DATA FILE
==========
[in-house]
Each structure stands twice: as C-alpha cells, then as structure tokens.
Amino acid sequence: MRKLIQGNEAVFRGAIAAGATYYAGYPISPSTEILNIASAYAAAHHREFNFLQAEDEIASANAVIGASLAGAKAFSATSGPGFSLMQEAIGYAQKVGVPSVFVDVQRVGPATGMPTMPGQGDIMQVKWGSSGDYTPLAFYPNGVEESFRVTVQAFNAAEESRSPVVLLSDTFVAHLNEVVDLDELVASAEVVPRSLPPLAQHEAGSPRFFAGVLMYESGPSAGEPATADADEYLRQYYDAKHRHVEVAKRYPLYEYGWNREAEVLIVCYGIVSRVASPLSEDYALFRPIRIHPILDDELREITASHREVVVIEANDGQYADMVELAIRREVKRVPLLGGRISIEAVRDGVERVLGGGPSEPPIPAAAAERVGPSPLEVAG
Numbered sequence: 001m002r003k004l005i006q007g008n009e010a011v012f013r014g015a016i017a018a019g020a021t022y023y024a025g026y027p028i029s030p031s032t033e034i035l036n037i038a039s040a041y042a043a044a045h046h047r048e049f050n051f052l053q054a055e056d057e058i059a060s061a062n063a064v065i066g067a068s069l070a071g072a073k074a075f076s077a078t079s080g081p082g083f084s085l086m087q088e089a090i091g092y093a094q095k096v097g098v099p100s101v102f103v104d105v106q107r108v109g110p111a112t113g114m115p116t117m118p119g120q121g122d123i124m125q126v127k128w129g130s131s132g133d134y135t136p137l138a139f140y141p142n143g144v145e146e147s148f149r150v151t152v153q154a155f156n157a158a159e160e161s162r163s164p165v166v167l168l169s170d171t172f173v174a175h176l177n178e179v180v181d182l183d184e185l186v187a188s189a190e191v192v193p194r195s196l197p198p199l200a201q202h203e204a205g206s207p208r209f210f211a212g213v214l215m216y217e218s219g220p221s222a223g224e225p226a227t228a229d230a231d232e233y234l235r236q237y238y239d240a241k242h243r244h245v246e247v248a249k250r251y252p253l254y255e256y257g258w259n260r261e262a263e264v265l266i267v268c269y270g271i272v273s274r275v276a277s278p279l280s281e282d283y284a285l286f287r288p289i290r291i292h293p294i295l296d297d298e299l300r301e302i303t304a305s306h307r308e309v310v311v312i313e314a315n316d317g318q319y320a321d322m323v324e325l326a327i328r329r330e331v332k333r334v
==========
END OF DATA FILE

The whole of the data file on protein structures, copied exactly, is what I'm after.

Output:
[in-house]
Each structure stands twice: as C-alpha cells, then as structure tokens.
Amino acid sequence: MRKLIQGNEAVFRGAIAAGATYYAGYPISPSTEILNIASAYAAAHHREFNFLQAEDEIASANAVIGASLAGAKAFSATSGPGFSLMQEAIGYAQKVGVPSVFVDVQRVGPATGMPTMPGQGDIMQVKWGSSGDYTPLAFYPNGVEESFRVTVQAFNAAEESRSPVVLLSDTFVAHLNEVVDLDELVASAEVVPRSLPPLAQHEAGSPRFFAGVLMYESGPSAGEPATADADEYLRQYYDAKHRHVEVAKRYPLYEYGWNREAEVLIVCYGIVSRVASPLSEDYALFRPIRIHPILDDELREITASHREVVVIEANDGQYADMVELAIRREVKRVPLLGGRISIEAVRDGVERVLGGGPSEPPIPAAAAERVGPSPLEVAG
Numbered sequence: 001m002r003k004l005i006q007g008n009e010a011v012f013r014g015a016i017a018a019g020a021t022y023y024a025g026y027p028i029s030p031s032t033e034i035l036n037i038a039s040a041y042a043a044a045h046h047r048e049f050n051f052l053q054a055e056d057e058i059a060s061a062n063a064v065i066g067a068s069l070a071g072a073k074a075f076s077a078t079s080g081p082g083f084s085l086m087q088e089a090i091g092y093a094q095k096v097g098v099p100s101v102f103v104d105v106q107r108v109g110p111a112t113g114m115p116t117m118p119g120q121g122d123i124m125q126v127k128w129g130s131s132g133d134y135t136p137l138a139f140y141p142n143g144v145e146e147s148f149r150v151t152v153q154a155f156n157a158a159e160e161s162r163s164p165v166v167l168l169s170d171t172f173v174a175h176l177n178e179v180v181d182l183d184e185l186v187a188s189a190e191v192v193p194r195s196l197p198p199l200a201q202h203e204a205g206s207p208r209f210f211a212g213v214l215m216y217e218s219g220p221s222a223g224e225p226a227t228a229d230a231d232e233y234l235r236q237y238y239d240a241k242h243r244h245v246e247v248a249k250r251y252p253l254y255e256y257g258w259n260r261e262a263e264v265l266i267v268c269y270g271i272v273s274r275v276a277s278p279l280s281e282d283y284a285l286f287r288p289i290r291i292h293p294i295l296d297d298e299l300r301e302i303t304a305s306h307r308e309v310v311v312i313e314a315n316d317g318q319y320a321d322m323v324e325l326a327i328r329r330e331v332k333r334v